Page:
S Hollerbach

Hannover Medical School, Hanover, Lower Saxony, Germany

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Publications (75)351.02 Total impact

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    ABSTRACT: BI 2536, a novel Polo-like kinase 1 inhibitor, was assessed in patients with unresectable advanced exocrine adenocarcinoma of the pancreas. The study employed a two-stage design. Randomised first-line patients received BI 2536 200 mg on day 1 (n=43) or 60 mg on days 1-3 (n=43) every 21 days. Recruitment of second-line patients was planned for a second stage dependent on an interim analysis demonstrating ≥ 2 responses in the first 18 evaluable patients following 12 weeks of treatment and/or tumour control ≥ 12 weeks in 5 patients per schedule. Primary end point was objective response rate (ORR). By independent review, ORR was 2.3% (all partial) and 24.4% had stable disease as confirmed best response. The second stage was not initiated. Median overall and progression-free survivals were 149 (95% confidence interval (CI), 91-307) and 46 days (95% CI, 44-56). Most common drug-related adverse events were neutropenia (37.2%), leukopenia (29.1%), fatigue (29.1%) and nausea (22.1%); most common grade 3/4-related events were neutropenia (36.0%), leukopenia (27.9%) and thrombocytopenia (8.1%). Given the low ORR and poor survival, further development of BI 2536 monotherapy is not warranted in this population.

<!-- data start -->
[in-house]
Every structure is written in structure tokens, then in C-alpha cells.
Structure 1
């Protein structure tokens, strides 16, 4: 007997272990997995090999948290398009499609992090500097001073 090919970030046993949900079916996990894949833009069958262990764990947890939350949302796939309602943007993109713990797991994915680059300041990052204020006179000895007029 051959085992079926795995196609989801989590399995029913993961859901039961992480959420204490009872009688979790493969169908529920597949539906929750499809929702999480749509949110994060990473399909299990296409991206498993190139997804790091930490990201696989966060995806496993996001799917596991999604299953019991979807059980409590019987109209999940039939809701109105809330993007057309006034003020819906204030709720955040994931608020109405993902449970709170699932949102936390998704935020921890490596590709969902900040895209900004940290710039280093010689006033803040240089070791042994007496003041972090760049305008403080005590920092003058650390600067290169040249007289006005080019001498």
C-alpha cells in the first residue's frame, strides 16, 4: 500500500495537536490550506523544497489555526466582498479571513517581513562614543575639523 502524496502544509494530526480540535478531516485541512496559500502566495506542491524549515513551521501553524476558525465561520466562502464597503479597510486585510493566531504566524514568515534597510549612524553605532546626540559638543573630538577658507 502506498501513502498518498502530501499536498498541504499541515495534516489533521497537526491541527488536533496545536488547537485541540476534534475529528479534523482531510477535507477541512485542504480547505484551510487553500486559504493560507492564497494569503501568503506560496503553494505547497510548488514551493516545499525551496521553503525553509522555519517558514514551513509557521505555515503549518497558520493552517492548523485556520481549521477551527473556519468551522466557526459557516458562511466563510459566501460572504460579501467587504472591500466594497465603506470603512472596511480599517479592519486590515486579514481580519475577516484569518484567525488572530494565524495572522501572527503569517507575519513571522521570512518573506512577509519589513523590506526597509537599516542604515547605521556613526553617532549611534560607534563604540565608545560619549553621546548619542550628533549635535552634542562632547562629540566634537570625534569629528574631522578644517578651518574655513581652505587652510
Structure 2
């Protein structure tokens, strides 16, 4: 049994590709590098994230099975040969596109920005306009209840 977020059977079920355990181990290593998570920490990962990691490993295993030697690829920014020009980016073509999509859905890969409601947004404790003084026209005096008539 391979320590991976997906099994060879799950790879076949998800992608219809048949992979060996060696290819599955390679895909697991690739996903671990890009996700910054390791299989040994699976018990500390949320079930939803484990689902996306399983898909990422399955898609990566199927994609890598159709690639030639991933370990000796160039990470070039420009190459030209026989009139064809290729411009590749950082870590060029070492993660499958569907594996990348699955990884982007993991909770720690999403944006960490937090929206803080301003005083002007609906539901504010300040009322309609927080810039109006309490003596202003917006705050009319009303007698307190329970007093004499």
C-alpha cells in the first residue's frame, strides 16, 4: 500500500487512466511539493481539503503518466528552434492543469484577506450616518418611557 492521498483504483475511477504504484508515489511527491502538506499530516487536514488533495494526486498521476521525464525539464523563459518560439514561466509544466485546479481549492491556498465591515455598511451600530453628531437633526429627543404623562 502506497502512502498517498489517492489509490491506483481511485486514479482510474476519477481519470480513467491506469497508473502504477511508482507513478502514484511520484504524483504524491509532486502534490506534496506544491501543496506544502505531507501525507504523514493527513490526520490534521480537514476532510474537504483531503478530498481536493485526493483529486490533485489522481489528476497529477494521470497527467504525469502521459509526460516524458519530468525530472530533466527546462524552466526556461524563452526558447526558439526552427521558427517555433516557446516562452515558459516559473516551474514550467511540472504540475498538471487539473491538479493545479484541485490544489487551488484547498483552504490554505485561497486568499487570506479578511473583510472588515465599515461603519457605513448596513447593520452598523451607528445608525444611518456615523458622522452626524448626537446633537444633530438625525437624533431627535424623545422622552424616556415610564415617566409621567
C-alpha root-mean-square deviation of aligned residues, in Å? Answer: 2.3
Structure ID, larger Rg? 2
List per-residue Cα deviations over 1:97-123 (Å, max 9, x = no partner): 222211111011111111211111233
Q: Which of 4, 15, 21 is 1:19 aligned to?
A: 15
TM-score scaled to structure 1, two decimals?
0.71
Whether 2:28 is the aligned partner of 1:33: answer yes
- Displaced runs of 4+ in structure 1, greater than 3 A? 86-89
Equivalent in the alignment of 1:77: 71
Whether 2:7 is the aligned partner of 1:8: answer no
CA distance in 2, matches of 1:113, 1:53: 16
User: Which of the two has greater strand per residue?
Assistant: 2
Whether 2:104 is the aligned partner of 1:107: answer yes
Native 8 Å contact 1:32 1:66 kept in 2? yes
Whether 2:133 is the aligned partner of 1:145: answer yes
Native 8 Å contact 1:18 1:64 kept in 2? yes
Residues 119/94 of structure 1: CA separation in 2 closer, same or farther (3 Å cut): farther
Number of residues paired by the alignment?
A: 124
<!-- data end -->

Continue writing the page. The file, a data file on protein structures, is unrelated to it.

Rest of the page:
British Journal of Cancer 06/2012; 107(2):280-6. · 5.08 Impact Factor